Banning Cash & Negative Interest Rates

Posted | 11/02/2019 / Views | 2119
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The unprecedented monetary stimulus unleashed by central banks post GFC has had many unintended consequences.  One stimulus measure was cutting interest rates, in a number of countries even into negative territory.  Whilst the US Fed raising rates is grabbing global headlines and rattling global markets, the fact remains that most countries are still maintaining historically very low rates as all that stimulus is simply not really working.  

The IMF recently released a paper discussing this setup with the core issue being presented that severe recessions historically require central banks to cut interest rates by 3 to 6 percentage points to prevent complete collapse.  The problem is that there are only 3 OECD countries in the world with rates high enough to do that without going negative.

Banning Cash & Negative Interest Rates

The paper, titled “Cashing In: How to Make Negative Interest Rates Work”, then starts to address that ‘issue’ of negative rates.

Quite simply, if rates go negative, you need to pay the bank interest not them paying you.  That’s awesome for inflation (which is what they want) because who is going to leave money in the bank if it’s devaluing before your very eyes.  It forces people to take it out, borrow more, and then use that to invest and consume.   However the issue then becomes people withdrawing cash and sticking it under the bed, removing the need to pay the bank the interest.

And so again we are faced with the reality that governments around the world would really like to phase out cash altogether… it’s just too hard to rob from you.  But as you can see below, whilst gaining traction, it is still hard to achieve quickly.  Quickly is the key word here if a recession strikes.

Banning Cash & Negative Interest Rates

So what to do?  The ideal is the make cash as costly as bank deposits so they can make interest rates deeply negative if ‘needed’.  And so this is what the IMF suggest:

“The proposal is for a central bank to divide the monetary base into two separate local currencies—cash and electronic money (e-money). E-money would be issued only electronically and would pay the policy rate of interest, and cash would have an exchange rate—the conversion rate—against e-money. This conversion rate is key to the proposal. When setting a negative interest rate on e-money, the central bank would let the conversion rate of cash in terms of e-money depreciate at the same rate as the negative interest rate on e-money. The value of cash would thereby fall in terms of e-money.

To illustrate, suppose your bank announced a negative 3 percent interest rate on your bank deposit of 100 dollars today. Suppose also that the central bank announced that cash-dollars would now become a separate currency that would depreciate against e-dollars by 3 percent per year. The conversion rate of cash-dollars into e-dollars would hence change from 1 to 0.97 over the year. After a year, there would be 97 e-dollars left in your bank account. If you instead took out 100 cash-dollars today and kept it safe at home for a year, exchanging it into e-money after that year would also yield 97 e-dollars.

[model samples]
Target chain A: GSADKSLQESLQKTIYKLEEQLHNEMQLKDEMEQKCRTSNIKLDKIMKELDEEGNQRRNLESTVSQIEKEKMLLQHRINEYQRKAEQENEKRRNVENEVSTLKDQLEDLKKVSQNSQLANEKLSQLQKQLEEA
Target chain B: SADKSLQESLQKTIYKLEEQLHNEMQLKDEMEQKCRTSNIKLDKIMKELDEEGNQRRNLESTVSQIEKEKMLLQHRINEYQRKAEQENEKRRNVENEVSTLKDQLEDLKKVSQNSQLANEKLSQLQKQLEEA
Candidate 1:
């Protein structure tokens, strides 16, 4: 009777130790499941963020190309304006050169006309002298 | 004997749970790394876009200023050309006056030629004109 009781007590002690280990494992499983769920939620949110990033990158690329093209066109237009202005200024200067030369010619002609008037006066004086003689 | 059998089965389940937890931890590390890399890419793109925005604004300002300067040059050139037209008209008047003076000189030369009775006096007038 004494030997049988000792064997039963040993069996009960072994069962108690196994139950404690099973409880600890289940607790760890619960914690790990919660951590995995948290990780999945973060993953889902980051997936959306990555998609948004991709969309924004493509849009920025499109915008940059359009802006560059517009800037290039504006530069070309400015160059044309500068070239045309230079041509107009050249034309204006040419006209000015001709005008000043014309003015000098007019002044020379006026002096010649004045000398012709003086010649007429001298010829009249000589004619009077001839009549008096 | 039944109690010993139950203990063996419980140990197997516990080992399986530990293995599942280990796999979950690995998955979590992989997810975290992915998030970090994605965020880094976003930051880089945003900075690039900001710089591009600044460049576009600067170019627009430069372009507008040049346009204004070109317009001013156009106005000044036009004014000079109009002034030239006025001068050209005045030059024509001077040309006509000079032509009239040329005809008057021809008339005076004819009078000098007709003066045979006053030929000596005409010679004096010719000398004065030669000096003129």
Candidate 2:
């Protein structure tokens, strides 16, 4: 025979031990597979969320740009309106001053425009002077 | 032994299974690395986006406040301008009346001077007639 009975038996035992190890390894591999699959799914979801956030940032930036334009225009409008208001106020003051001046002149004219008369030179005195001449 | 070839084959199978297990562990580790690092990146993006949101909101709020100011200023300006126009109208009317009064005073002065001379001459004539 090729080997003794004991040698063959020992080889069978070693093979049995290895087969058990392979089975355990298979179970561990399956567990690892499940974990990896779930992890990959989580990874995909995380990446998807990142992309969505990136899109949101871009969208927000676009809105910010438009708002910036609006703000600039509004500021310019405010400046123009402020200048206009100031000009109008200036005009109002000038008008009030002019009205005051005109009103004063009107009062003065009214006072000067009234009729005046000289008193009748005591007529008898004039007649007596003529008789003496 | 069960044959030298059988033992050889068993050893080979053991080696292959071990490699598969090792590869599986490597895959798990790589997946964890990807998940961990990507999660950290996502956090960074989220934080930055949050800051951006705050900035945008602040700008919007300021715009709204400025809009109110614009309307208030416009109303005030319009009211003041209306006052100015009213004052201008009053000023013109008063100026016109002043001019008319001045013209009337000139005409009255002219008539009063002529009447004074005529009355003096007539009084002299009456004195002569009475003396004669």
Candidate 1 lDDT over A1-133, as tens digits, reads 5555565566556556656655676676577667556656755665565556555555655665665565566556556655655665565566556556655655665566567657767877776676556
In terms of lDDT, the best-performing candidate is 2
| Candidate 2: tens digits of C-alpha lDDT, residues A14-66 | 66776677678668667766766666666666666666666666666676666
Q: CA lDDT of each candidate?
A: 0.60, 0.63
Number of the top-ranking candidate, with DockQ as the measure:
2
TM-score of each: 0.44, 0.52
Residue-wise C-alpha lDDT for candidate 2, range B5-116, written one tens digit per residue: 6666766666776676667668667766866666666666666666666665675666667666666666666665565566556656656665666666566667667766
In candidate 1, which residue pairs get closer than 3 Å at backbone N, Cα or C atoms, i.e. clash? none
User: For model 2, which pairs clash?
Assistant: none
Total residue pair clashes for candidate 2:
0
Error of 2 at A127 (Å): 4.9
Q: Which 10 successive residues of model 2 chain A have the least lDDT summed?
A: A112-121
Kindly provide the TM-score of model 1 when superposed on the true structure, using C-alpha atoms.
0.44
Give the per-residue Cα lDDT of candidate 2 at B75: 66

At the same time, shops would start advertising prices in e-money and cash separately, just as shops in some small open economies already advertise prices both in domestic and in bordering foreign currencies. Cash would thereby be losing value both in terms of goods and in terms of e-money, and there would be no benefit to holding cash relative to bank deposits.

This dual local currency system would allow the central bank to implement as negative an interest rate as necessary for countering a recession, without triggering any large-scale substitutions into cash.”

Now to be clear, this is not a cunning plan conjured by Baldrick.  This is from the International Monetary Fund as a considered solution to the next crisis.  That next crisis will no doubt come about from the extraordinary debt burden added to the world from the last debt induced crisis of the GFC.  Negative interest rates make not taking on more debt seem silly.  Who wouldn’t take on more free debt to buy stuff yeah?  And so the ante is upped until complete collapse or complete loss of faith.  Our whole ‘monetary’ system is completely and utterly faith based.  That $50 note in your wallet is a piece of plastic, those numbers on your bank statement are electronic digits and you are just an unsecured creditor of the bank.

It is this kind of folly that reinforces the value of a 5000 year old hard asset like gold and silver.  Practically however, you may indeed question ‘how can I carry my gold and silver around easily and transact on day to day goods and services’?  We will discuss tomorrow how combining 5000 year old gold and silver with the new world technology of blockchain can overcome that very question.